January is Glaucoma Awareness Month, an important time to learn about this potentially blinding eye disease and factors that can place you at a higher risk. Glaucoma is a group of eye diseases that damage the optic nerve and can lead to permanent vision loss if left untreated. While glaucoma is highly treatable, it’s important to be aware of your risk and know when to seek medical help.
In this blog post, we’ll discuss some of the risk factors associated with glaucoma and why it’s important to see an optometrist to protect your vision.
Risk factors of glaucoma
Glaucoma affects approximately 3 million Americans every year, according to the National Eye Institute. It occurs when pressure builds up in the eye due to a buildup of fluid, causing damage to the optic nerve. Common risk factors include:
- Age (over 60)
- Family history of glaucoma
- Medical conditions like diabetes or high blood pressure
- Ethnic background (African American or Hispanic)
- Long-term use of certain medications such as steroids
Other factors that may increase your risk include a previous eye injury or surgery, using contact lenses for long periods of time, and having poor vision in one eye compared to the other.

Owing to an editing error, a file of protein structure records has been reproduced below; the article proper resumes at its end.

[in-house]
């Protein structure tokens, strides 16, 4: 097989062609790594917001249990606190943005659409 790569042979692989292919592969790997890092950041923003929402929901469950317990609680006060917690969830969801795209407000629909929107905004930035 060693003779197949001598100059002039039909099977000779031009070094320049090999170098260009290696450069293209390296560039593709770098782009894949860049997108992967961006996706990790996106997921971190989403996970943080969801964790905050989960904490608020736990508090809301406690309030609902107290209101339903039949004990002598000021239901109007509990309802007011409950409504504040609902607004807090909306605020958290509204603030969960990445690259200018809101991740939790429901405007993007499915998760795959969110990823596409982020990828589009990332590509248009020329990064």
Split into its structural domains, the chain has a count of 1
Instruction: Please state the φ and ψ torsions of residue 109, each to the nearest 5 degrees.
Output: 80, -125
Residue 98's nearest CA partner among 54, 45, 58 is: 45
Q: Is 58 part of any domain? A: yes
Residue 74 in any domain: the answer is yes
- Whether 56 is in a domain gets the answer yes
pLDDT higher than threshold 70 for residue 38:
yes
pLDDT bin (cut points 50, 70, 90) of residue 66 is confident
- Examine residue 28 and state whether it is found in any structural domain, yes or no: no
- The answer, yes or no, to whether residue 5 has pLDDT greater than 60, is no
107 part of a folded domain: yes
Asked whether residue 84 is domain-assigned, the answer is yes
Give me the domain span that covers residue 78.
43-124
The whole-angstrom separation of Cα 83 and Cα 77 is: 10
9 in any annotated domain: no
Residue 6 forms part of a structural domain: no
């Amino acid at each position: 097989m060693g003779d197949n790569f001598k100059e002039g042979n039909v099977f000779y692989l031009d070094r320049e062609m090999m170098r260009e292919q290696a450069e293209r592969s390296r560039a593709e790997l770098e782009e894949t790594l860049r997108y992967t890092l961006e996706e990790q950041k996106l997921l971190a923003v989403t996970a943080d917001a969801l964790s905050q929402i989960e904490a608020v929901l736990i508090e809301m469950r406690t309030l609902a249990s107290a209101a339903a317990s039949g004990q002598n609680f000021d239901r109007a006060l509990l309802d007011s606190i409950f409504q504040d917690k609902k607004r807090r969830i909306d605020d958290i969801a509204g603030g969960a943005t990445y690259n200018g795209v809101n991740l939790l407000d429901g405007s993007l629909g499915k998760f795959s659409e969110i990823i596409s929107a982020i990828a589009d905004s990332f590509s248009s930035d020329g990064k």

Seeing an eye doctor regularly
It is important to schedule regular comprehensive eye exams to detect any changes in vision early on and reduce your risk of developing glaucoma. During your exam, your doctor will check the health of your eyes by looking at your eye structures and measuring your intraocular pressure (IOP). High IOP puts people at greater risk for glaucoma and other serious vision issues. If necessary, they may also perform additional tests such as tonometry or visual field testing to assess your individual risk for glaucoma.
Prevention & treatment
If you have any of the risk factors listed above or have been diagnosed with glaucoma, there are steps you can take to reduce your risks and manage any symptoms you may be experiencing from the condition. Medications and lifestyle modifications like reducing stress levels and eating a balanced diet can help reduce one’s risk for developing the disease.
Eye drops may also be prescribed by your eye doctor to help manage IOP levels as necessary. Surgical procedures such as laser trabeculoplasty may also be recommended depending on the severity of one’s condition.
While some people are more at risk of developing glaucoma than others, everyone should be aware of their personal risk so that they can work with their doctor on prevention methods if necessary. An annual comprehensive eye exam is crucial to keeping tabs on one’s ocular health and reducing risks associated with glaucoma and other vision problems, so make sure to book yours today.